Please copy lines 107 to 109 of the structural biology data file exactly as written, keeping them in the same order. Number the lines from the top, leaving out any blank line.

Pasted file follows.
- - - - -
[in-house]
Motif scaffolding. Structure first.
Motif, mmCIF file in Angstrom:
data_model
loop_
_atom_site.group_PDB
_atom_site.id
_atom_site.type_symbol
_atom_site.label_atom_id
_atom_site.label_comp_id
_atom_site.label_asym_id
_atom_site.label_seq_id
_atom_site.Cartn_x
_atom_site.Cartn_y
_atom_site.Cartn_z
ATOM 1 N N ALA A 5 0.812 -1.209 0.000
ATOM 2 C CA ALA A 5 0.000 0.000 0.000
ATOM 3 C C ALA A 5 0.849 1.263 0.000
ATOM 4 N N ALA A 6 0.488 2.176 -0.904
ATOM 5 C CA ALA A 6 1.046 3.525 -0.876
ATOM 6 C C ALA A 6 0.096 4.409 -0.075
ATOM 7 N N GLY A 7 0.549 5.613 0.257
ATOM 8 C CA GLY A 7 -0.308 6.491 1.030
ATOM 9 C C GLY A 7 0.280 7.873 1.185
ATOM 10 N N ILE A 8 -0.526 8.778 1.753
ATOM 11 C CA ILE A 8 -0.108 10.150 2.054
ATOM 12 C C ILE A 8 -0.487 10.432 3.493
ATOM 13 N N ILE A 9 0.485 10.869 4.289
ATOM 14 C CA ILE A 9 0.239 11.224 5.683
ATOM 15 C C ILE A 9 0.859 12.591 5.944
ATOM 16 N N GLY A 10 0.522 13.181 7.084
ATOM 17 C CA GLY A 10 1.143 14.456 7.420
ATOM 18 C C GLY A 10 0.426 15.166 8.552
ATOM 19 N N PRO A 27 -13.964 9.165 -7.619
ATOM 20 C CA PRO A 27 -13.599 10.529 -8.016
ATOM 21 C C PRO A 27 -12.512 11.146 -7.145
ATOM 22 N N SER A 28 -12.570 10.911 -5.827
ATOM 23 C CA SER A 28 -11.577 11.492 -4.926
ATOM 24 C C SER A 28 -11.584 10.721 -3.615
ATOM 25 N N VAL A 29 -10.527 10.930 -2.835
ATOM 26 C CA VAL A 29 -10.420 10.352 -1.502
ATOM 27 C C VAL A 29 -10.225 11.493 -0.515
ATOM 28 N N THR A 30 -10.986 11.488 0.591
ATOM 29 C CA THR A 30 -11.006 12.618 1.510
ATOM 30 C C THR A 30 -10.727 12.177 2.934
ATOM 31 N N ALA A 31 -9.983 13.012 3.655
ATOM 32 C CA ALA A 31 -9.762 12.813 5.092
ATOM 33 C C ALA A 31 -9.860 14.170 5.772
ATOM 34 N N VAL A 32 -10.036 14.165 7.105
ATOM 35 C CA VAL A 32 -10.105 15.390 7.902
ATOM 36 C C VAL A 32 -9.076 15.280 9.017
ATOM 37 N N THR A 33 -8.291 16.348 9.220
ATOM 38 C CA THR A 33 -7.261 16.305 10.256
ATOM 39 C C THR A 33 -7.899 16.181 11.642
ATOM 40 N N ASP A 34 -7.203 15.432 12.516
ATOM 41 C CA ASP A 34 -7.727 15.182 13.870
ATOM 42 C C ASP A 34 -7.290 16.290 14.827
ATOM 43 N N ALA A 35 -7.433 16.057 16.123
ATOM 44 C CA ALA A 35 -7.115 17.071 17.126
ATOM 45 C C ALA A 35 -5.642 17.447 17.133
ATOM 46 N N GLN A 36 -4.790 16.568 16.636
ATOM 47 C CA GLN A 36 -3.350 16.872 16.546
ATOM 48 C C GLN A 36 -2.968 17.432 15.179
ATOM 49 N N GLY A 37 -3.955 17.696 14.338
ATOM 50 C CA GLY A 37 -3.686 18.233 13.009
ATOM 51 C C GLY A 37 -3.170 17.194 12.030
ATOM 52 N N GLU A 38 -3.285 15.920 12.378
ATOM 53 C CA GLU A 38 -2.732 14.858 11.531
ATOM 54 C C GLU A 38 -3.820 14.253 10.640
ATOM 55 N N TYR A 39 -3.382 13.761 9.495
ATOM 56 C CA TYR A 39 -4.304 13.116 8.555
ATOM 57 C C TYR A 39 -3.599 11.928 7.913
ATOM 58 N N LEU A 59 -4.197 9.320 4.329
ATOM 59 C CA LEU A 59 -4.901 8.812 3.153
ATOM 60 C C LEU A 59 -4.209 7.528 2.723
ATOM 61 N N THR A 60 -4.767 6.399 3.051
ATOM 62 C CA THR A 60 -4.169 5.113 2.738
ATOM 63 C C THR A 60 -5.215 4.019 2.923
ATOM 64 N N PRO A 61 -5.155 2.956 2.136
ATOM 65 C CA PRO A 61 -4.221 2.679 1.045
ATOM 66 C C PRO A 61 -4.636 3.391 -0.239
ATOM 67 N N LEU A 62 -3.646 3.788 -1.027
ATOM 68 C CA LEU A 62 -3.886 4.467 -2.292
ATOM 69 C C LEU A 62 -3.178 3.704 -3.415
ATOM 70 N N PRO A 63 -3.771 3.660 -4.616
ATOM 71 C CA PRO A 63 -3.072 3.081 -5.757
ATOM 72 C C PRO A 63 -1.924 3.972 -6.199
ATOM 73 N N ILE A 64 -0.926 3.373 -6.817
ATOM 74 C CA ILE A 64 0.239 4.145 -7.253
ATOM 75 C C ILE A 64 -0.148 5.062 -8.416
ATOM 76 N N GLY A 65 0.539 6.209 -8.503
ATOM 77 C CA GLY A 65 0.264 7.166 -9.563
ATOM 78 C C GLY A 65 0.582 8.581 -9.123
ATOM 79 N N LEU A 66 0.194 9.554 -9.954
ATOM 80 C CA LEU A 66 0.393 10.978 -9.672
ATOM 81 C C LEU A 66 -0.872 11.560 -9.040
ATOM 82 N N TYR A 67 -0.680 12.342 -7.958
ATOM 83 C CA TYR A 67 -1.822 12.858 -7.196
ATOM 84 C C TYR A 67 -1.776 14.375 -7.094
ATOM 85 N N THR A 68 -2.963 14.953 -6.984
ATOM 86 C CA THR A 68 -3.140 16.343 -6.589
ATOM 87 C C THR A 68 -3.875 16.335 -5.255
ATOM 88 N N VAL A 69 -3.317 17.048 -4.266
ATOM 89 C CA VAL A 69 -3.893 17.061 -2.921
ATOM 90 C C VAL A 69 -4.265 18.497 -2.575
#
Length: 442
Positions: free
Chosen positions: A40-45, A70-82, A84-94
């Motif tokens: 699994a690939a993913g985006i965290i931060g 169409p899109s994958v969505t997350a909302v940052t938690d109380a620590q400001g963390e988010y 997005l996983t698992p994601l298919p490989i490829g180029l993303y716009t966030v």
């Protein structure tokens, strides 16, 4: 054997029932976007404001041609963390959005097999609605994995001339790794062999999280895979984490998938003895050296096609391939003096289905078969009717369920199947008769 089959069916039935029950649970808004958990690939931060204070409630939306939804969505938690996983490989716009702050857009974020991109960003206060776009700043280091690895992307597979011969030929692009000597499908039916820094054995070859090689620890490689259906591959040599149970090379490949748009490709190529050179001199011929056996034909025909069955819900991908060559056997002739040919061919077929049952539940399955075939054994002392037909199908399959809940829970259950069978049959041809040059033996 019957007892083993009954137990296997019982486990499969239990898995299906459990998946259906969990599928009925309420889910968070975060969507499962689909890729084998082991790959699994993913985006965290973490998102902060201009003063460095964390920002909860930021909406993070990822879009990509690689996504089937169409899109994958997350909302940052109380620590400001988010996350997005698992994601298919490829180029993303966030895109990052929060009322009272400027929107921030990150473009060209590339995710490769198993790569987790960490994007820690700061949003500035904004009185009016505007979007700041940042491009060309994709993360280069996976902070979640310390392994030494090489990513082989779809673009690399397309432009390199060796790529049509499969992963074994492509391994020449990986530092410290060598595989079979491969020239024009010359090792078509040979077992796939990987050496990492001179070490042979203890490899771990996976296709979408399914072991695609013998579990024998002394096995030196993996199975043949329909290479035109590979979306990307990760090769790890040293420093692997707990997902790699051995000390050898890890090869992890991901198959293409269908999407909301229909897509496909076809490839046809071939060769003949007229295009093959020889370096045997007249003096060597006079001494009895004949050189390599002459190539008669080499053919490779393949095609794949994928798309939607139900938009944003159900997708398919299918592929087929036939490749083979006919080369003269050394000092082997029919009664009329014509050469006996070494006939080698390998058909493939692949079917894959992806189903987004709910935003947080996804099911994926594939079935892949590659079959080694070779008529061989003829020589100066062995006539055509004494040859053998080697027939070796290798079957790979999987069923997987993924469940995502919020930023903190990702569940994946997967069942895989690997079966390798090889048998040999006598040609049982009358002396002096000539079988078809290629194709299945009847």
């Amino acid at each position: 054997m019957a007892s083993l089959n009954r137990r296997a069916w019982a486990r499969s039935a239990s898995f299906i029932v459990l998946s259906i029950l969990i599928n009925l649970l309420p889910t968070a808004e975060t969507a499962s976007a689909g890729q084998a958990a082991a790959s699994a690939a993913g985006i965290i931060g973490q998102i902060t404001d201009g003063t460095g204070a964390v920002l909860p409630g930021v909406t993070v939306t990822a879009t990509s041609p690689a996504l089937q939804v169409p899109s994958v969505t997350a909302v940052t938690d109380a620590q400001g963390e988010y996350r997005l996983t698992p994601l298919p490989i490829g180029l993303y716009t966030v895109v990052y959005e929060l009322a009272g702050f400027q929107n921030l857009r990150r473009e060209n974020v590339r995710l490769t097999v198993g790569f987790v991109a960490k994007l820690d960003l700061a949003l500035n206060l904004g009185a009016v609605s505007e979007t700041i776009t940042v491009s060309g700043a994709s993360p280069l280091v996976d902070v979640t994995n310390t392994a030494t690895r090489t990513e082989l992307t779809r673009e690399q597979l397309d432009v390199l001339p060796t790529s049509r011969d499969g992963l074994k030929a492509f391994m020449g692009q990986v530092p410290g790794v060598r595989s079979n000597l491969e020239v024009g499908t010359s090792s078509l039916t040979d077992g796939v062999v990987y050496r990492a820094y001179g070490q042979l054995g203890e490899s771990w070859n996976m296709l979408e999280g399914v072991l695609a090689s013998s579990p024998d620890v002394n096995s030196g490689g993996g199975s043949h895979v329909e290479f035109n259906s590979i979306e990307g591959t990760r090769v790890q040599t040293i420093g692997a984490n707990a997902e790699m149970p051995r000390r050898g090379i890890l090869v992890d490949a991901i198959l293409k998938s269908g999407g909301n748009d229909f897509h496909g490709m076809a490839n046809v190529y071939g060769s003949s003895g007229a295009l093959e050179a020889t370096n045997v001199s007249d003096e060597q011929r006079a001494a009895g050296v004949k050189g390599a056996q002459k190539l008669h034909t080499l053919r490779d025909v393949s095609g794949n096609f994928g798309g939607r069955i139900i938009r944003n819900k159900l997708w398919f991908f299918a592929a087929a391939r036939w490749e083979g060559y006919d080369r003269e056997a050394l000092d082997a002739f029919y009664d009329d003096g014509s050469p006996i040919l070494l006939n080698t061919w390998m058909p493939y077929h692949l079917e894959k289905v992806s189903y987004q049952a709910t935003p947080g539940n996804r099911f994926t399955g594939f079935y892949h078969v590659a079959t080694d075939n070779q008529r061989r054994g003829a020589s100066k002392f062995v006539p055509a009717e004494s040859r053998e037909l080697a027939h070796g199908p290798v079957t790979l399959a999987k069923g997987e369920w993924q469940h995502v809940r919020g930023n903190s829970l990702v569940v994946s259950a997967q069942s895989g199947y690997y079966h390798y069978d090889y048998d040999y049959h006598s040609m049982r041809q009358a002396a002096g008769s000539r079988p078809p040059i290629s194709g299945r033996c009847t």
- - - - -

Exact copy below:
Length: 442
Positions: free
Chosen positions: A40-45, A70-82, A84-94